A friend, obviously seeking to appall me, sent an e-mail saying, “Oh, you’ll enjoy this…” and linking to this blog post, which I quote in part:
And speaking of factions, and again I’m not a reporter, just a consumer of news, it sure seems to me that Jim DeMint is the current leader of the hard-core conservative faction of the Republican Party. He’s far more consistent with his endorsements than any other conservative leader, and unlike Palin he can claim that he’s actually been doing something effective for the cause. For the conservative/Tea Party faction, presumably the trick is to be as far to the right as possible without actually sounding crazy to those outside the faction (and thus perhaps drawing vetoes from more pragmatic conservatives, and possibly some GOP-aligned interest groups). At least as I read the reporting, DeMint seems to be pretty good at keeping to that line, and he certainly must be more reliable both for that crowd and for more pragmatic types than Palin.
To know more, we need more solid reporting. Hey, reporters! We know activists hate TARP; is it a make or break issue for them? What about other important groups within the GOP? And, while of course Tea Partiers and conservatives generally are fond of the Sage of Wasilla, do leaders of those groups seem more likely to turn to her or to DeMint (or perhaps to another candidate) for leadership? How much good will did DeMint buy with his endorsements and support in primary season 2010?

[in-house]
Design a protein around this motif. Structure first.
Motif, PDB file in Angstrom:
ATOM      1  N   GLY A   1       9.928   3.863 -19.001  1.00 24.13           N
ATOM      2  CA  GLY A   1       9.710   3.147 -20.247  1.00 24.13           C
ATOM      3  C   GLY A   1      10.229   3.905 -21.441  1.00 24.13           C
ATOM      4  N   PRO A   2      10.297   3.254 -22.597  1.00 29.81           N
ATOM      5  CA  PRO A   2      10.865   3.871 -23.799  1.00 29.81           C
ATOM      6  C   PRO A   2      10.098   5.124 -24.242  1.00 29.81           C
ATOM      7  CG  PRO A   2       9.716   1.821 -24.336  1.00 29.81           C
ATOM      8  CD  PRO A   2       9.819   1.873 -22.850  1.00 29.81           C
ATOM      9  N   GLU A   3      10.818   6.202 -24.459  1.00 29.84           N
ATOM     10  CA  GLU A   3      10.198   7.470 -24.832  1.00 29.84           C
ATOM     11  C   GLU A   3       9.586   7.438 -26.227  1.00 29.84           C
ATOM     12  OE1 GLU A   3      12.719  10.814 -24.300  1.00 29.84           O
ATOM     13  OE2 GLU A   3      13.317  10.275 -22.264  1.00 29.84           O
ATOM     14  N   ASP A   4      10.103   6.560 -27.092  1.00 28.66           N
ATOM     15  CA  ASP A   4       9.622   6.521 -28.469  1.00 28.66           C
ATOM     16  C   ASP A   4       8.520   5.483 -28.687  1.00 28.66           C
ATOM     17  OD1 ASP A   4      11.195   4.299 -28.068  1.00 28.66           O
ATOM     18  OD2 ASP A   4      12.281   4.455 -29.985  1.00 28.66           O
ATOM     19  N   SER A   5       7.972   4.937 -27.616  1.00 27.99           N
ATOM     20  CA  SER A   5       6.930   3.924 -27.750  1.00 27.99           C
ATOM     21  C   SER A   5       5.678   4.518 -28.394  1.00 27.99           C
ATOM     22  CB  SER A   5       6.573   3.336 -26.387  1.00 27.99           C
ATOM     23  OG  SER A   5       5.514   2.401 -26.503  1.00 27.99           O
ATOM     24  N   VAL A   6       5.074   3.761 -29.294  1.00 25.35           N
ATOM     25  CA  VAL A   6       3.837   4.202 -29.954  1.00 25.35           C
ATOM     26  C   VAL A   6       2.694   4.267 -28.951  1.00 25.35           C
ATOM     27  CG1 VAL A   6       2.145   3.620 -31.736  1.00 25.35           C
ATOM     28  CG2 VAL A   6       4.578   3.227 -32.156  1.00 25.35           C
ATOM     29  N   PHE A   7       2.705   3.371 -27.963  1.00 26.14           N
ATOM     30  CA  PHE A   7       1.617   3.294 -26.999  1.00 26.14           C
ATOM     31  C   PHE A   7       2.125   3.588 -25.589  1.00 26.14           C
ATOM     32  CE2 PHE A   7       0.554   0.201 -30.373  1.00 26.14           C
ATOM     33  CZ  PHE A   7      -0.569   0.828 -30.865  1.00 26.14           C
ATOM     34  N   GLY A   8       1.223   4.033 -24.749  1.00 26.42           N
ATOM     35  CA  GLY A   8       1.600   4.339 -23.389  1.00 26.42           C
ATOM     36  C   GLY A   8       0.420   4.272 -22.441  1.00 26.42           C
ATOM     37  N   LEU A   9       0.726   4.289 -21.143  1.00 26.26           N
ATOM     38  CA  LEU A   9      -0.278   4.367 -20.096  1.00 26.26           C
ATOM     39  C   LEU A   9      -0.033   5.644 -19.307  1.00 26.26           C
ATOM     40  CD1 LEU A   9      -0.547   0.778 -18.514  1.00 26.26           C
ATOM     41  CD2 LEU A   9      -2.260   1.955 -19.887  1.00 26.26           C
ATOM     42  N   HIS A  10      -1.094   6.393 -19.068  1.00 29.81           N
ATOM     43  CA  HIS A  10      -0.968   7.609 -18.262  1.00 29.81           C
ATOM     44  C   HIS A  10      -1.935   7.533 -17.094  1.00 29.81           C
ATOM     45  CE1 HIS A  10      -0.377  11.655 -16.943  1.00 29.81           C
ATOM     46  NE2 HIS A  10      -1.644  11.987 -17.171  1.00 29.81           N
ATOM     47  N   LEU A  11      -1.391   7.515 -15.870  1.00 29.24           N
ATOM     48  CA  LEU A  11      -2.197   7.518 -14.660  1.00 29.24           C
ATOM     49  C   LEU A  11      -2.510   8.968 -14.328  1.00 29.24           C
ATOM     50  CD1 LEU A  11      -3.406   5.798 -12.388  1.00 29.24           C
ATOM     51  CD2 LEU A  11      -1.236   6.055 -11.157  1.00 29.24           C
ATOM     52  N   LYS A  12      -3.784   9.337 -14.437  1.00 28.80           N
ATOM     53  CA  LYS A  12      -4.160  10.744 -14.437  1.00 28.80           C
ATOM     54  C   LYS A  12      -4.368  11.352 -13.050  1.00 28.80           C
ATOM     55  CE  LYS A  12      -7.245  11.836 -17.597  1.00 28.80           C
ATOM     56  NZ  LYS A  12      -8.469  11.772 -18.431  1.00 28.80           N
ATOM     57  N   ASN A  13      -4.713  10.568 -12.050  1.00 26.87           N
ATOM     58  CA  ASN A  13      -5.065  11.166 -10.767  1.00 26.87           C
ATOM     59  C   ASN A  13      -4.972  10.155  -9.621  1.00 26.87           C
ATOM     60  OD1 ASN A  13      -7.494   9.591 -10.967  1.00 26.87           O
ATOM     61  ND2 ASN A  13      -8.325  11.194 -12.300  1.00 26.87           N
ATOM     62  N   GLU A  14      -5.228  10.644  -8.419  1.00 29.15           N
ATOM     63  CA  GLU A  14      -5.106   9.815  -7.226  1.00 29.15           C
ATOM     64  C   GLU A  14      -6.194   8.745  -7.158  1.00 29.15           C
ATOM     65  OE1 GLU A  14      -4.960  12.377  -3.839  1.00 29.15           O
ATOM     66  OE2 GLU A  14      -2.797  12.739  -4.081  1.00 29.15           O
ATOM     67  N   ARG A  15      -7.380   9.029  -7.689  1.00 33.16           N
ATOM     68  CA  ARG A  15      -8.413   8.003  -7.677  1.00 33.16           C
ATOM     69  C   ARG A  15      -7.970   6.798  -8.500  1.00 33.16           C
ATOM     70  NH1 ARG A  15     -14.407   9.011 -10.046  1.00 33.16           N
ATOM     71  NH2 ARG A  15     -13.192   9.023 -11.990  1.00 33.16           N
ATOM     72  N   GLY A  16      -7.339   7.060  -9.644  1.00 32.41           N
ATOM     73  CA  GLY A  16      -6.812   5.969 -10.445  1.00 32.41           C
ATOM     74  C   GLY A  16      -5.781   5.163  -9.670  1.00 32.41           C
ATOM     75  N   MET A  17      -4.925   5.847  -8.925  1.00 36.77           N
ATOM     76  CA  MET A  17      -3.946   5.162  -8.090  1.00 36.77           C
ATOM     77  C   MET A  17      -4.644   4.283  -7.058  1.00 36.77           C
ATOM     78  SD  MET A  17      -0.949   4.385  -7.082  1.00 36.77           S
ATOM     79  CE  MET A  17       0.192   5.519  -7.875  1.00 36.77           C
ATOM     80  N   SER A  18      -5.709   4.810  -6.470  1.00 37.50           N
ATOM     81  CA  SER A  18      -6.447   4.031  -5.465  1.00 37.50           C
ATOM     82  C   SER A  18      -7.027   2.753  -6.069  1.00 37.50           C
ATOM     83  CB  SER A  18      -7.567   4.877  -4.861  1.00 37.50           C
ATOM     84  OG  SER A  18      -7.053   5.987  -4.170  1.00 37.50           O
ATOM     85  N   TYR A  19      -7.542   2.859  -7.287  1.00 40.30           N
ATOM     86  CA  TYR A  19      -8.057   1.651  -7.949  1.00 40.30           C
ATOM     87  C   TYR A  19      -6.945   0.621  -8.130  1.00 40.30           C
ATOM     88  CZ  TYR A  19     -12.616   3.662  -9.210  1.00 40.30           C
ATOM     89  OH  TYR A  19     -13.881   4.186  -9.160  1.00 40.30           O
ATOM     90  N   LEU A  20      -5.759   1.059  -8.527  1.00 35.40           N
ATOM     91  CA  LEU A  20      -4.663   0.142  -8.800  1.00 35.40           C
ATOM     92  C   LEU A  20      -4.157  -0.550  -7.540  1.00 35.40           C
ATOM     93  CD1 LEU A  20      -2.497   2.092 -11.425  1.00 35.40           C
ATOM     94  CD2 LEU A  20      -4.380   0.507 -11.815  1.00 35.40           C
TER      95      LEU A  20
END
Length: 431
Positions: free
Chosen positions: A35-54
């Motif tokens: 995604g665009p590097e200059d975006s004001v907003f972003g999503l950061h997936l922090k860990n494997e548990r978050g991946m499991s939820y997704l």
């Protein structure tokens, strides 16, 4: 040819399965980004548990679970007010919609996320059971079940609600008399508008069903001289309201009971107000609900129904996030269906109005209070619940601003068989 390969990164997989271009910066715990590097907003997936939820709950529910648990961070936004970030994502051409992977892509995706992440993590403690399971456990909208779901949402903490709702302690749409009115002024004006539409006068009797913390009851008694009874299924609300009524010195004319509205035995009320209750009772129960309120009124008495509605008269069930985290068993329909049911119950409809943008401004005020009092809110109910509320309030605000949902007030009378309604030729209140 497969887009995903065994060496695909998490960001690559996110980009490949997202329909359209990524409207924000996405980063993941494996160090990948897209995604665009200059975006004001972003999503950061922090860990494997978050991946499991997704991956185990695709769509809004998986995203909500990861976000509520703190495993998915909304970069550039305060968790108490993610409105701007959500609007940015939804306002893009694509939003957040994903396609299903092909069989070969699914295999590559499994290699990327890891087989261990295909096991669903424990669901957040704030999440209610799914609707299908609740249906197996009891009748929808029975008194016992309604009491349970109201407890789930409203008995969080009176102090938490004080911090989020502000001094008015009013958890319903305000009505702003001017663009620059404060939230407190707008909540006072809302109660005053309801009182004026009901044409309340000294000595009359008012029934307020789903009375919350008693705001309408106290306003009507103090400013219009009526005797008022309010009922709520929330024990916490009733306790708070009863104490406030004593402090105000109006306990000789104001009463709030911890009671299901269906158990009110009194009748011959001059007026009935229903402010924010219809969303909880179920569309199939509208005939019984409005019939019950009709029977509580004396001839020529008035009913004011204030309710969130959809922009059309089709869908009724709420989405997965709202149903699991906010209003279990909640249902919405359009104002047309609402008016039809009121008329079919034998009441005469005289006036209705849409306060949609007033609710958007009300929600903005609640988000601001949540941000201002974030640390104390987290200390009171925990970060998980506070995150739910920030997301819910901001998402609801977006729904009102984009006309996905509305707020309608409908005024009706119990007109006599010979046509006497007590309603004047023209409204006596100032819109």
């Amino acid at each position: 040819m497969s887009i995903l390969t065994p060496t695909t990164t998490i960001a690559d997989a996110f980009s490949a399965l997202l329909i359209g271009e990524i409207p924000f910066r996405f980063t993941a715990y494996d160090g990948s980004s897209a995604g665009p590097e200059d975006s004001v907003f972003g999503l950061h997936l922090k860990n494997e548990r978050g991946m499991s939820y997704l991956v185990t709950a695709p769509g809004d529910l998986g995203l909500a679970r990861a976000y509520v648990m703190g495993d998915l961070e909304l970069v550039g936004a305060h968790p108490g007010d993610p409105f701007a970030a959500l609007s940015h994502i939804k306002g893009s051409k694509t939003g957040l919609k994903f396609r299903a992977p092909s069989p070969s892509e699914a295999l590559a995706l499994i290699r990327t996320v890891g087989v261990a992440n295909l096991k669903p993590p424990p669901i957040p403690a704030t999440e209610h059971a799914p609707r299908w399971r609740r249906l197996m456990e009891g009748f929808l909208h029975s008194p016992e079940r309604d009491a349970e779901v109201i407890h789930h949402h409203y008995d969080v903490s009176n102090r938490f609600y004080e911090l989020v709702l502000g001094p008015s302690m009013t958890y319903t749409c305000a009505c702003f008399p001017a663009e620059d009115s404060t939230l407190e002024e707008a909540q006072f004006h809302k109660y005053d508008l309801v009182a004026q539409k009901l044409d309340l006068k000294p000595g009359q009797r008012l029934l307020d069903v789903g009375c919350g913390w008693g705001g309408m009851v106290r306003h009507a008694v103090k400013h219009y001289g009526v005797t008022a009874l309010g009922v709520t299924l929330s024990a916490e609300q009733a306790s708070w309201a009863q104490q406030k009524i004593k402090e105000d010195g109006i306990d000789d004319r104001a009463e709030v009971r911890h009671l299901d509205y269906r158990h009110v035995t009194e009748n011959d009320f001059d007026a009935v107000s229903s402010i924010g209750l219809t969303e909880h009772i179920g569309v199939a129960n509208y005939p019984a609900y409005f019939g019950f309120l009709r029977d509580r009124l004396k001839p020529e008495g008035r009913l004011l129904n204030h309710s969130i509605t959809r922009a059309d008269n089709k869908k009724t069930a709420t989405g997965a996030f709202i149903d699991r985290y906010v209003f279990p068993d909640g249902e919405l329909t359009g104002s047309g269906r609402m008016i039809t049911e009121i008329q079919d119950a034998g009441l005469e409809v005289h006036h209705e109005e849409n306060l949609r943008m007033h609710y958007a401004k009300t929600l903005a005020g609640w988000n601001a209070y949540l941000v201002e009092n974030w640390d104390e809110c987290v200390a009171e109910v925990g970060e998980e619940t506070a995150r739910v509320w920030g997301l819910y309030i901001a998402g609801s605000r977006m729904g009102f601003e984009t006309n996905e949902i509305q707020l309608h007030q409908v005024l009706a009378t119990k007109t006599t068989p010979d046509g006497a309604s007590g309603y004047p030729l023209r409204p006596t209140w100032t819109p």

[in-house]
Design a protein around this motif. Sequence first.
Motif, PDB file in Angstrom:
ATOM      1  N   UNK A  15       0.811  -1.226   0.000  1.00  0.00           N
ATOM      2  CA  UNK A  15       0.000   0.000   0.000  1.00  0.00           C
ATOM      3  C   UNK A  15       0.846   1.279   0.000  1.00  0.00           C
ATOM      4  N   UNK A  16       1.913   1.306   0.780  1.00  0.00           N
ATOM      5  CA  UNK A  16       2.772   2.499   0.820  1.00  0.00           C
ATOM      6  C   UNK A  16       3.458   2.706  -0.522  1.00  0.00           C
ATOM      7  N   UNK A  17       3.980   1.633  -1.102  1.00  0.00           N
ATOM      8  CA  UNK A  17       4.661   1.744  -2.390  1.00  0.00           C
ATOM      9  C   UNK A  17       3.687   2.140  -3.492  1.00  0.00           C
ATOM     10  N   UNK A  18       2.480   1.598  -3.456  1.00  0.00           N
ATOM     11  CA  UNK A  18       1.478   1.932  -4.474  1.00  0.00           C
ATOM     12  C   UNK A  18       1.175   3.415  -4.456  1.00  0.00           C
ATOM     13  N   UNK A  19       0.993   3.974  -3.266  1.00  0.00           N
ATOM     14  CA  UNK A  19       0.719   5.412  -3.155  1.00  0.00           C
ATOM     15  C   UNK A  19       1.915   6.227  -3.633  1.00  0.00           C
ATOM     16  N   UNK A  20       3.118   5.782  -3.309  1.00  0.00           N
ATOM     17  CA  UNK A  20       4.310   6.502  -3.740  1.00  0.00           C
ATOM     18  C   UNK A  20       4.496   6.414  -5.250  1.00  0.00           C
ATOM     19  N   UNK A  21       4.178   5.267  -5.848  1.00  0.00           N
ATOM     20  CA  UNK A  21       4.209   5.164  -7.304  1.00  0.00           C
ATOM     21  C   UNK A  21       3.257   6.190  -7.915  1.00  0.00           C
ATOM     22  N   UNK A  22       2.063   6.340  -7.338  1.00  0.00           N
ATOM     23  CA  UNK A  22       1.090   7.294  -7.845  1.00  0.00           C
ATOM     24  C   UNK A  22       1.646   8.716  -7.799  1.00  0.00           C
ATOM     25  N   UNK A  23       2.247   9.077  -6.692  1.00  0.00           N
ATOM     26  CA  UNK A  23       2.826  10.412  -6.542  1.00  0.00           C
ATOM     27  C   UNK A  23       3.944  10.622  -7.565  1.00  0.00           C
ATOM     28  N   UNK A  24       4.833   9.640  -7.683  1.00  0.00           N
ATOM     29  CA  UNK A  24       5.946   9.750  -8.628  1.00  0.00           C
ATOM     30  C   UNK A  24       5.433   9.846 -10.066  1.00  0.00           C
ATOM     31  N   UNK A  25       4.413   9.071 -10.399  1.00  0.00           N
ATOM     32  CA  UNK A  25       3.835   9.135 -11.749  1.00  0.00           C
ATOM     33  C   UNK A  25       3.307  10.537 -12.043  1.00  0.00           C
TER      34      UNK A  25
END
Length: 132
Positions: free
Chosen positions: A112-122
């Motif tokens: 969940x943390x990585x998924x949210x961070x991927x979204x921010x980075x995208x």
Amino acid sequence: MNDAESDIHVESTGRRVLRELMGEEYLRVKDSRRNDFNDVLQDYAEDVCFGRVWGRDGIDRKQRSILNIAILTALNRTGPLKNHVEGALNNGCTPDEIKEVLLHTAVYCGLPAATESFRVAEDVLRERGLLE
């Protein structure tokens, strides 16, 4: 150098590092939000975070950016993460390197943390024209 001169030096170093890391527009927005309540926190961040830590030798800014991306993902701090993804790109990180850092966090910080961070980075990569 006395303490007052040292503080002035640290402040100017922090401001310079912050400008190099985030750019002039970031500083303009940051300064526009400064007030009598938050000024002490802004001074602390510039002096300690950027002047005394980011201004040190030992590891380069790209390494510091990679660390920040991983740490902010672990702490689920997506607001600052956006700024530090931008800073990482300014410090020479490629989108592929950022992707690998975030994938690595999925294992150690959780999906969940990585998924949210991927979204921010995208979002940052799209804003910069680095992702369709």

And yeah, I groaned, but was not shocked or surprised. After all, a guy makes a naked power play like the one DeMint’s made, and one should expect such talk.
And I’ll say this for him: Better DeMint than Palin.
Don’t get me wrong: I would think it horrible to contemplate either of them becoming POTUS. But at least my intelligence, my sense of propriety, is not nearly as offended by talk of DeMint as of Palin. Or for that matter, the absurd idea of Nikki Haley presuming to become governor of South Carolina when she has done nothing in public or private life to indicate any sort of suitability or qualifications for the job.
The thing is, Jim DeMint is a uomo di rispetto, a man of respect, in the Godfather sense. Sure, he might be doing some things that I
consider to be infamnia, and he might be trying to start a war among the Two Families that rule inside the Beltway, but he is a man to be taken seriously, a United States Senator who has demonstrated considerable political leadership skill. I respect him the way Don Corleone respected Sollozzo when he agreed to meet with him even though he wasn’t interested in his proposal, because drugs is a dirty business, as we all know — but I digress.
Contrast that to the utter lack of accomplishment that Sarah Palin embodies — she’s sort of to politics what Paris Hilton is to fame, or Reality TV is as a testament to a highly evolved species — and you can see why, though I don’t want either of them to become Leader of the Free World, I am less offended by loose talk about him than I am about her.
Talk about Sarah Palin as a presidential contender has become so routine that many have probably become inured to it, and now think nothing of it. But it is bizarre in the extreme. Like Alvin Greene — or Christine O’Donnell — being a major party nominee for the Senate. Or like Nikki Haley.
Does no one but me notice this? Has Reality TV dumbed down American expectations to the point that we think it’s OK for anybody who’s shown up on the Boob Tube enough to presume to be presidential material?